Help Stop the Spread of the Spotted Lanternfly

Mar 26, 2018 | Member News

A new pest is spreading in Pennsylvania and you can prevent the destruction and impact it has on our homes and businesses.

The Spotted Lanternfly (Lycorma delicatula) is an exotic inspect pest native to China, India, and Vietnam. The Spotted Lanternfly (SLF) was first found in Berks County in Pennsylvania in 2014. Currently restricted to eastern Pennsylvania, SLF is subject to control and eradication efforts. Risks of SLF movement come from transportation of firewood, outdoor equipment, timber, and woody debris.

Counties currently affected are Berks, Bucks, Carbon, Chester, Delaware, Lancaster, Lebanon, Lehigh, Monroe, Montgomery, Northampton, Philadelphia and Schuylkill.


The Spotted Lanternfly can feed on a variety of 70+ plant, including grapes, cherries, maples, stone fruits, hops, among others. As nymphs, SLF will feed on a variety of native and introduced plants. As they approach adulthood, feeding preferences switch to Tree of Heaven and other high-sugar-content sap trees. Feeding damage from large numbers of this pest has the potential to weaken or kill plants and reduce crop yields in orchards and vineyards.

In the fall, adults congregate in groups of up to 20. Egg masses will be laid on medium to large trees, on trunk, branches, and limb bases. After hatching in the spring, nymphs will move off the tree and search out new hosts, including several kinds of agricultural crops.


The Spotted Lanternfly adult is approximately 1” long and ½” wide at rest. The forewing is grey with black spots and the wings tips are reticulated black blocks outlined in grey. The hind wings have contrasting patches of red and black with a white band. The legs and heads are black; the abdomen is yellow with broad black bands. Immature stages are black with white spots and develop red patches as they grow.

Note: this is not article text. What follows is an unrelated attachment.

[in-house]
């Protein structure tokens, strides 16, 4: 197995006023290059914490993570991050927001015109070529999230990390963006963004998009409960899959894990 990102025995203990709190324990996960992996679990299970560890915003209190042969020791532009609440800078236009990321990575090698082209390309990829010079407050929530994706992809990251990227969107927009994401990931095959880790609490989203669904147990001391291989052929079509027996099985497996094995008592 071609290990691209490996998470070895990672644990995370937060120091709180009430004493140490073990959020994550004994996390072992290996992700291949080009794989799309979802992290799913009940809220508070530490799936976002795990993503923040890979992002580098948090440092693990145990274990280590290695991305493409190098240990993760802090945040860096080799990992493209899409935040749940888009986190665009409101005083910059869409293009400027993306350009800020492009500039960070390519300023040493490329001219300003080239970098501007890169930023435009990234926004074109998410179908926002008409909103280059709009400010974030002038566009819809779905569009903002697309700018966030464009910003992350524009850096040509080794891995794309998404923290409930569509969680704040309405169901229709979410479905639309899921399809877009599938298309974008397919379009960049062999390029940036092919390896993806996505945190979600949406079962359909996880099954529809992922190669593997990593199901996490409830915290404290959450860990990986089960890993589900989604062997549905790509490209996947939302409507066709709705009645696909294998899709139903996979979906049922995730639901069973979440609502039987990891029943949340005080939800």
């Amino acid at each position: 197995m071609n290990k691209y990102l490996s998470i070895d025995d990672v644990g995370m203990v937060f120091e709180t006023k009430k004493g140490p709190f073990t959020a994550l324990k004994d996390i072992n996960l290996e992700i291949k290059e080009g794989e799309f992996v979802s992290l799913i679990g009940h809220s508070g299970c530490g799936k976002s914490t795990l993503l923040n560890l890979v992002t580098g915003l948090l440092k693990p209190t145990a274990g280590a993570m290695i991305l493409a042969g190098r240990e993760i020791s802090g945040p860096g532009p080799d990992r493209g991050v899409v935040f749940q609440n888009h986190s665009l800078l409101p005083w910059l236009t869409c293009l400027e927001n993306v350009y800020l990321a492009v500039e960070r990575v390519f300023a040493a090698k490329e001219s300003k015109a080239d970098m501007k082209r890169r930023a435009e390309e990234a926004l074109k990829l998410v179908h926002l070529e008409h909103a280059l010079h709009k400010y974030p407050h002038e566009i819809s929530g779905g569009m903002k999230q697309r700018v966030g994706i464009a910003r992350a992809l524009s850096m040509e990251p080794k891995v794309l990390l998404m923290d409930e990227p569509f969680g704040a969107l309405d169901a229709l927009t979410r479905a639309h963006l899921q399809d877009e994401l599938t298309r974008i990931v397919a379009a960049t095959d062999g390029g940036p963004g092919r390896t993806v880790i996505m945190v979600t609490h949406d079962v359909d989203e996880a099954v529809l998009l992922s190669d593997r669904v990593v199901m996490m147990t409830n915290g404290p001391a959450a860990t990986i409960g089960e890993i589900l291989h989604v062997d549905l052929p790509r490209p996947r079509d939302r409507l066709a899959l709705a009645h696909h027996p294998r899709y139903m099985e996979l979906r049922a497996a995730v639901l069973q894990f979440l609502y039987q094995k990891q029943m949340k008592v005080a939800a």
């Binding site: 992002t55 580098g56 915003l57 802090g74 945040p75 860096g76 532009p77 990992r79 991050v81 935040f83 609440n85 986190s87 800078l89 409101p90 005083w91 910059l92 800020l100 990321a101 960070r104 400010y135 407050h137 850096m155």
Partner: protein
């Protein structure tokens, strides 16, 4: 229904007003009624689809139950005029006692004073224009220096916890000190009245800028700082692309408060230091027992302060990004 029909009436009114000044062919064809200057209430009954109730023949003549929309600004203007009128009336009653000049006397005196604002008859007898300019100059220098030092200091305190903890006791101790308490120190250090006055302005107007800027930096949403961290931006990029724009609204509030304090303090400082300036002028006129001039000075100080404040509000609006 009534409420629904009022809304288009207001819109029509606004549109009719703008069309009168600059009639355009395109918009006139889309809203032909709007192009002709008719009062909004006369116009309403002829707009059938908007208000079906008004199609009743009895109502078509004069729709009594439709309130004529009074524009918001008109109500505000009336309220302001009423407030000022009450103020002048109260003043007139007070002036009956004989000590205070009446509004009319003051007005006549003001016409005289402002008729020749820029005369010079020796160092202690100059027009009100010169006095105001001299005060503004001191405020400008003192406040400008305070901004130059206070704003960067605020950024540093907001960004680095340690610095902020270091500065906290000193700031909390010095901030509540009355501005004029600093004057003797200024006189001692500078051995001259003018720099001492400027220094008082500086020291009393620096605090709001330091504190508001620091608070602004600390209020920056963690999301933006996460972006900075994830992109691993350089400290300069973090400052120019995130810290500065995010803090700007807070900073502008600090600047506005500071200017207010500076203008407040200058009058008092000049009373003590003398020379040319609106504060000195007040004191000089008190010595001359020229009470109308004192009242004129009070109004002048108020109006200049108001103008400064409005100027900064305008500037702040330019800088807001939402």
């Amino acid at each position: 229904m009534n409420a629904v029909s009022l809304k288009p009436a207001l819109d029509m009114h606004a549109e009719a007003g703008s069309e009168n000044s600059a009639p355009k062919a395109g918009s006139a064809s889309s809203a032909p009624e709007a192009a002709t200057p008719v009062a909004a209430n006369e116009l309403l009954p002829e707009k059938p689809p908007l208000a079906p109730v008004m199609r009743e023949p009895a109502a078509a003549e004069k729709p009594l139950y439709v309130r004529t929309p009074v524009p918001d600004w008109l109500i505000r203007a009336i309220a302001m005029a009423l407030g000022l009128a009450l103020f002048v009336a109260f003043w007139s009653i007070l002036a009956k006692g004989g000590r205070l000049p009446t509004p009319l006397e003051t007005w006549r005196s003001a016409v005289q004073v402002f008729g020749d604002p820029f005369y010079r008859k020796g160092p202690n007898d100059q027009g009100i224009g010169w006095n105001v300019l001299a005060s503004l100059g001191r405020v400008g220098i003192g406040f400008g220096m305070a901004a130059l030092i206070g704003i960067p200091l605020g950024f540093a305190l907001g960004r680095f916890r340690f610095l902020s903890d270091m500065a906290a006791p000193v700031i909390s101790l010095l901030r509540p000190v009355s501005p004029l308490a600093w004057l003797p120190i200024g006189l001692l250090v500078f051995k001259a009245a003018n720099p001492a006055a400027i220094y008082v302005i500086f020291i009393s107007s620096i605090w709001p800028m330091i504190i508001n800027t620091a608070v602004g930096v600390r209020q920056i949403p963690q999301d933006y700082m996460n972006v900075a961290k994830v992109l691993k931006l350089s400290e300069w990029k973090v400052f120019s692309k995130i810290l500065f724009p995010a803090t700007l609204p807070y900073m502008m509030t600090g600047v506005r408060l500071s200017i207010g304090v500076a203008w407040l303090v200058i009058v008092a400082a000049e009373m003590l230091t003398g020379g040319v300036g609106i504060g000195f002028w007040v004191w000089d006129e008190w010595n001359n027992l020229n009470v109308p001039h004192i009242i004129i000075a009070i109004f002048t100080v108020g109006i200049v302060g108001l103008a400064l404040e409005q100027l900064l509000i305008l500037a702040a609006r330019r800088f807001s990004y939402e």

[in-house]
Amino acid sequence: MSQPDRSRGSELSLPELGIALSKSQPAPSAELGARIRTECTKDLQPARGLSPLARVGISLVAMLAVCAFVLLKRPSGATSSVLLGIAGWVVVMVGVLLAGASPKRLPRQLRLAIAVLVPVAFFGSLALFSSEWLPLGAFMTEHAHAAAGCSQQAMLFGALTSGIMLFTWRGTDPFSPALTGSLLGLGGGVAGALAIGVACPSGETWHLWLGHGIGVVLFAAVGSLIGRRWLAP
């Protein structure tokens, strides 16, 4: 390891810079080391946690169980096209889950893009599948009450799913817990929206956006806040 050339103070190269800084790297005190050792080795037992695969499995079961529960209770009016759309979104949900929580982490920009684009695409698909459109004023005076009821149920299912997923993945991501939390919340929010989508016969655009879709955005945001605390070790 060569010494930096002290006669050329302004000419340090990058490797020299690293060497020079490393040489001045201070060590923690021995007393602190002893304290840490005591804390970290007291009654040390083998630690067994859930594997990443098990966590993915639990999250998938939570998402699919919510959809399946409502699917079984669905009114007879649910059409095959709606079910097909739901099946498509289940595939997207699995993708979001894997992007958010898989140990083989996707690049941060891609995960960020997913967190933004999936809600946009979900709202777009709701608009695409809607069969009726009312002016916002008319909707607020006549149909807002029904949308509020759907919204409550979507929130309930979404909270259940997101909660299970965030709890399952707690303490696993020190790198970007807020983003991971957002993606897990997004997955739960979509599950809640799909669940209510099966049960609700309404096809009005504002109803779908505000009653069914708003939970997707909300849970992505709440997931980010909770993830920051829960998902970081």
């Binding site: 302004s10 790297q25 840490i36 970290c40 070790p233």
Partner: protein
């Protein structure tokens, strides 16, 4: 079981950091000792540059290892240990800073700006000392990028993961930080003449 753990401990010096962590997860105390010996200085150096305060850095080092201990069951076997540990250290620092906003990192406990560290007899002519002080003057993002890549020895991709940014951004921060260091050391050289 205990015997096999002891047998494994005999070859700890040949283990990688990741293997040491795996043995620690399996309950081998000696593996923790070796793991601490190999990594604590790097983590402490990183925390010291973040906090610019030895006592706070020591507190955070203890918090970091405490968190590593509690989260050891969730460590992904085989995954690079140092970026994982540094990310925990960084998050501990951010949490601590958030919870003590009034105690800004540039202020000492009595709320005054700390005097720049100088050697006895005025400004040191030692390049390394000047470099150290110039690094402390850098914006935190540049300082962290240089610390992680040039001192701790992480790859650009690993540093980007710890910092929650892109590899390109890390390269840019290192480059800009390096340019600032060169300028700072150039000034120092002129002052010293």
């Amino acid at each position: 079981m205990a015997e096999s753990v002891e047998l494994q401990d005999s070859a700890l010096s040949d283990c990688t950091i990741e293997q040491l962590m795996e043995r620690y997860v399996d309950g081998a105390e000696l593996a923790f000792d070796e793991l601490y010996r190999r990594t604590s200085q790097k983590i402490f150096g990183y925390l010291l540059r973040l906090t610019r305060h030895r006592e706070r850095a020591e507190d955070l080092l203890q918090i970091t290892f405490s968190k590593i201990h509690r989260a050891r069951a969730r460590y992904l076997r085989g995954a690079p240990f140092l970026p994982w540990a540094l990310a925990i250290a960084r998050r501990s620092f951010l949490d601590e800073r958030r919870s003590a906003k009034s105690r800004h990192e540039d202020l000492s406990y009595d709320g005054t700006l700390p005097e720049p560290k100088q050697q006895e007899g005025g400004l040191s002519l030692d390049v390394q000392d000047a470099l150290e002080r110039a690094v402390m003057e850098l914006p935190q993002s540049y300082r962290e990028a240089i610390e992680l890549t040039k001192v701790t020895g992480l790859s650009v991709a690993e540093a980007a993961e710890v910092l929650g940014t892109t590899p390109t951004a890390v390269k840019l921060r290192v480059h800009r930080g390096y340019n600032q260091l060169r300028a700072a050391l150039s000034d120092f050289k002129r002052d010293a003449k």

Several other insects such as the Giant Leopard Moth and the Virgin Tiger Moth may be confused with the Spotted Lanternfly due to their appearance. When in doubt, send a photo to [email protected] or call the Automated Invasive Species Report Line at 1-866-253-7189 and leave a message detailing your sighting and contact information.

Signs and Symptoms

Trees, such as tree of heaven and willow, will develop weeping wounds. These wounds will leave a greyish or black trail along the trunk. This sap will attract other insects to feed, notably wasps and ants. In late fall, adults will lay egg masses on host trees and nearby smooth surfaces like stone, outdoor furniture, vehicles, and structures. Newly laid egg masses have a grey mud-like covering which can take on a dry cracked appearance over time. Old egg masses appear as rows of 30-50 brownish seed-like deposits in 4-7 columns on the trunk, roughly an inch long.

What to Do

  • If you see egg masses, scrape them off, double bag them and throw them away. You can also place the eggs into alcohol or hand sanitizer to kill them. Please report all destroyed egg masses on
  • Collect a specimen: Specimens of any life stage can be turned in to the Pennsylvania Department of Agriculture’s Entomology lab for verification.
  • Take a picture: A photograph of any life stage (including egg masses) can be submitted to [email protected].
  • Report a site: If you can’t take a specimen or a photograph, call the Automated Invasive Species Report Line at 1-866-253-7189 and leave a message detailing your sighting and contact information.

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